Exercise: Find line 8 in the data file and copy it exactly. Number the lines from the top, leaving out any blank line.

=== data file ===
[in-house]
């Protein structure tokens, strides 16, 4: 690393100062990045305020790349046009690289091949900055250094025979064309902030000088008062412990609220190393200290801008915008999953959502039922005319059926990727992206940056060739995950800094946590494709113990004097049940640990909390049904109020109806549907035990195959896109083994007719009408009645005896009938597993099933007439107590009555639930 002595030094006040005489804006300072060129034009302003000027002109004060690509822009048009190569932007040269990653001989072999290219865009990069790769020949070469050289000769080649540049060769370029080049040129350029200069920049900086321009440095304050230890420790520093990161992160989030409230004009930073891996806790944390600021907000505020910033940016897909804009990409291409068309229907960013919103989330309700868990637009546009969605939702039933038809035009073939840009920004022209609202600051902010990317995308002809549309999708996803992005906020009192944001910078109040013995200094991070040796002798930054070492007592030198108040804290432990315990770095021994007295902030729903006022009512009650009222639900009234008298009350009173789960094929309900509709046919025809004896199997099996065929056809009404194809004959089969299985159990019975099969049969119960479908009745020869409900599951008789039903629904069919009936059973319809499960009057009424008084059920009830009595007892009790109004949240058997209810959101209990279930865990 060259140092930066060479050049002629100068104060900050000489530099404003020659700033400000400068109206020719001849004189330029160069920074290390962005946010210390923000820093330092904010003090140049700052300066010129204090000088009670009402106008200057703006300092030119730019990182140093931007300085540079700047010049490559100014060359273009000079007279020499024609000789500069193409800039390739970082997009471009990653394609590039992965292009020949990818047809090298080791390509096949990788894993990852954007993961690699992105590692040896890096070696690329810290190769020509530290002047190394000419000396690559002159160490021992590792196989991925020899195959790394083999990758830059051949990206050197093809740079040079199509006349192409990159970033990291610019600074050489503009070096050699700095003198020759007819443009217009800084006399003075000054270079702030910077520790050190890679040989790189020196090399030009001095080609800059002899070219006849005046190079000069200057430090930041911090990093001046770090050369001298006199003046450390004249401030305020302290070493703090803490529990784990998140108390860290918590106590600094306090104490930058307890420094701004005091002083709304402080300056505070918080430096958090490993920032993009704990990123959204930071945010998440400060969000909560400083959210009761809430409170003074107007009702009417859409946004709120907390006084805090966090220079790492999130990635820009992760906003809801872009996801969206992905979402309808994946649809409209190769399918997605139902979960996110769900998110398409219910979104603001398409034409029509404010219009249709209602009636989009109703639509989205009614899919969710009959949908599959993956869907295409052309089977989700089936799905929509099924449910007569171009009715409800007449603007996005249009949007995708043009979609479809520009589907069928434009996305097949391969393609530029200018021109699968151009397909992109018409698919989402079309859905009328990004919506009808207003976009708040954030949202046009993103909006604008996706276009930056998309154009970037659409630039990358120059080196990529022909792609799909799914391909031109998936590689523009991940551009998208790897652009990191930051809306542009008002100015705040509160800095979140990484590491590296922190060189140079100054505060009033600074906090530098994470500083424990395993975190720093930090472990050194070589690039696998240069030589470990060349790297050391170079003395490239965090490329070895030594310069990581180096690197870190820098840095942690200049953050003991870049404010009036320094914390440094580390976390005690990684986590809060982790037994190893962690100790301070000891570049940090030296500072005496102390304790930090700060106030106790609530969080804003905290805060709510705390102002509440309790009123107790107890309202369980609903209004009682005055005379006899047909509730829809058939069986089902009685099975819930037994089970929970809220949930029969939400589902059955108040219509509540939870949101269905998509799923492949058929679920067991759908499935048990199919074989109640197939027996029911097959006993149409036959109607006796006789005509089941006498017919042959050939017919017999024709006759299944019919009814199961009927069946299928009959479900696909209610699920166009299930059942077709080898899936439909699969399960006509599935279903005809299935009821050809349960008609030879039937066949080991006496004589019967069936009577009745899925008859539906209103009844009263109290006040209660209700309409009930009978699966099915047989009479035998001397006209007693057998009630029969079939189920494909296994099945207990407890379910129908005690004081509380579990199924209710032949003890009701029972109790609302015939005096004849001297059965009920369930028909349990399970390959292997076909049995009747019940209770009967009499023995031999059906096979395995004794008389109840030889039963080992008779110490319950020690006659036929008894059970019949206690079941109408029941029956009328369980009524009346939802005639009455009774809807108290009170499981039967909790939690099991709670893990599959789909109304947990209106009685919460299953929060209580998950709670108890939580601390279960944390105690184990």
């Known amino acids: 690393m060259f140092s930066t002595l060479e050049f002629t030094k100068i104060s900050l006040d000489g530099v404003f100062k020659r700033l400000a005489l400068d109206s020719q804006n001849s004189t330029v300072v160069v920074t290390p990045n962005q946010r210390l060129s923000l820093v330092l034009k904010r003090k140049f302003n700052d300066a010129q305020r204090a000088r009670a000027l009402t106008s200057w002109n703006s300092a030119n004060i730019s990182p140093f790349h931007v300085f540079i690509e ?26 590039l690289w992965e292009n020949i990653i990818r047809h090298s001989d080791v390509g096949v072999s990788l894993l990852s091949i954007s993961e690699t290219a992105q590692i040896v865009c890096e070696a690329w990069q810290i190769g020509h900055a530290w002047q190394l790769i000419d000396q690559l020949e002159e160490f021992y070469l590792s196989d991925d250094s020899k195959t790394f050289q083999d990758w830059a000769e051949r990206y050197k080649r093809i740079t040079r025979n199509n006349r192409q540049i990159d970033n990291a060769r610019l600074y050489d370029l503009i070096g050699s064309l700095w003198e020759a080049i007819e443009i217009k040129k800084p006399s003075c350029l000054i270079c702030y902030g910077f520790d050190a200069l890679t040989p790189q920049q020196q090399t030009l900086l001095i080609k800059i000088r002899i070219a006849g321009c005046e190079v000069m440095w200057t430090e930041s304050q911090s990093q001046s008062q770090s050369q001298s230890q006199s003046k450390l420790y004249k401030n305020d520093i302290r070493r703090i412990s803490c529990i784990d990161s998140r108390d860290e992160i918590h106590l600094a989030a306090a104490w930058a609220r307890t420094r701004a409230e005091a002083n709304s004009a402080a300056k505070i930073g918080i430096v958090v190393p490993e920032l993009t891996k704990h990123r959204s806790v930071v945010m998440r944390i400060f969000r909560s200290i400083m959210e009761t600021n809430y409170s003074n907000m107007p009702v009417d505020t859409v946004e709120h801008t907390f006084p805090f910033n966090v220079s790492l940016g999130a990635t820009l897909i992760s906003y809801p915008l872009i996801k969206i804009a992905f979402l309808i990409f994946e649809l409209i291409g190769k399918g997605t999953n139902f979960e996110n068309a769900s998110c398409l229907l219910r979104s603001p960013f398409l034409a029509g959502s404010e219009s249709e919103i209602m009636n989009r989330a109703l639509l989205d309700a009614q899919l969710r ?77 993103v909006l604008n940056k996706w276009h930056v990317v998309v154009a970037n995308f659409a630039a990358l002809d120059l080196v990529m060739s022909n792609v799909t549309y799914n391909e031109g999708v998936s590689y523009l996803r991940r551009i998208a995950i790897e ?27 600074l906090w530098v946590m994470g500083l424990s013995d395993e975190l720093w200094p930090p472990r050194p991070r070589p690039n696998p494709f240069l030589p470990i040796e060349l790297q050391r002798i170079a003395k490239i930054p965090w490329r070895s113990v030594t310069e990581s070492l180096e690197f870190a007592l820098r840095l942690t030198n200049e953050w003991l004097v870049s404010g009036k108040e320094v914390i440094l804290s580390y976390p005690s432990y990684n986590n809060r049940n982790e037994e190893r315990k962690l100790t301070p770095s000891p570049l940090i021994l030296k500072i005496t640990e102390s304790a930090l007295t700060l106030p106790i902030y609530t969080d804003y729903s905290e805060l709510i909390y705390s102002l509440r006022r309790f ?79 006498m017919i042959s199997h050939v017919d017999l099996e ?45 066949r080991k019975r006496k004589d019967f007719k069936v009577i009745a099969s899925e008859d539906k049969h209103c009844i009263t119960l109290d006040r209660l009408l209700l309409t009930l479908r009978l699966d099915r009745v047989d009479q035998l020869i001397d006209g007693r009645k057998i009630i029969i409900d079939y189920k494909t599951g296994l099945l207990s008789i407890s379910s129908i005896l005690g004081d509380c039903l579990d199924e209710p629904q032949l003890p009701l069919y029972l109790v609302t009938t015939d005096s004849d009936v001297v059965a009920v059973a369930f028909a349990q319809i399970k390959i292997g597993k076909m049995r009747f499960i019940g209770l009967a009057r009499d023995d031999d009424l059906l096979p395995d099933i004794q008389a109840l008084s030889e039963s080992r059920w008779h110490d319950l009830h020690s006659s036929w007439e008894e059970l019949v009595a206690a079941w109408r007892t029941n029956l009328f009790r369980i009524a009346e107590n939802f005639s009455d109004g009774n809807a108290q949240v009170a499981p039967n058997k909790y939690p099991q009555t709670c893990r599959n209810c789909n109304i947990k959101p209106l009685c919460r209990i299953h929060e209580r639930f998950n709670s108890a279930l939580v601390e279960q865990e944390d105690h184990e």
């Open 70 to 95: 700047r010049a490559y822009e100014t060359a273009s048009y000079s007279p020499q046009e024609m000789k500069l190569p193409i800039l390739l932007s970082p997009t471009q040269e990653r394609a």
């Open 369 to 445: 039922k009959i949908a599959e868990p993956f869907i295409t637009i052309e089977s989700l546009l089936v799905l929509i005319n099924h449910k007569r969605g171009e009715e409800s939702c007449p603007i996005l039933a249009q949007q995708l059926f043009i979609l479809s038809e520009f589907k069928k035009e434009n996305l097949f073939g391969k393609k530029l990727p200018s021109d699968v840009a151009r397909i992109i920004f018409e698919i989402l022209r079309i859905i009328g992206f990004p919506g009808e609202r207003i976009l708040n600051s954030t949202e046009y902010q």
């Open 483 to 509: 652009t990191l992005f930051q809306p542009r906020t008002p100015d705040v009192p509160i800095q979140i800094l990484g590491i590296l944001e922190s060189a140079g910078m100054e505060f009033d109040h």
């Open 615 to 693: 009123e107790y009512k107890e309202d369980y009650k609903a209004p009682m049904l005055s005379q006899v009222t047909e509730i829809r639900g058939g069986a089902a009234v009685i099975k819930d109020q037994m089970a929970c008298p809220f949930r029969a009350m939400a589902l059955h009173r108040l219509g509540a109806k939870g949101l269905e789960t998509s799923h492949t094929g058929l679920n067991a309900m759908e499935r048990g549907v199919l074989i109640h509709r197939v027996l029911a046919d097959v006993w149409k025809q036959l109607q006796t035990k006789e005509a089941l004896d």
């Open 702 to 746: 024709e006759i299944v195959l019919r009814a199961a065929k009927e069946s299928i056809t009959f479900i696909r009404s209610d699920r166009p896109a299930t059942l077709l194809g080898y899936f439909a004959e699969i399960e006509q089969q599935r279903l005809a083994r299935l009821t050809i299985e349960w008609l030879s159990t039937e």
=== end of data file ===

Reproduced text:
């Open 702 to 746: 024709e006759i299944v195959l019919r009814a199961a065929k009927e069946s299928i056809t009959f479900i696909r009404s209610d699920r166009p896109a299930t059942l077709l194809g080898y899936f439909a004959e699969i399960e006509q089969q599935r279903l005809a083994r299935l009821t050809i299985e349960w008609l030879s159990t039937e």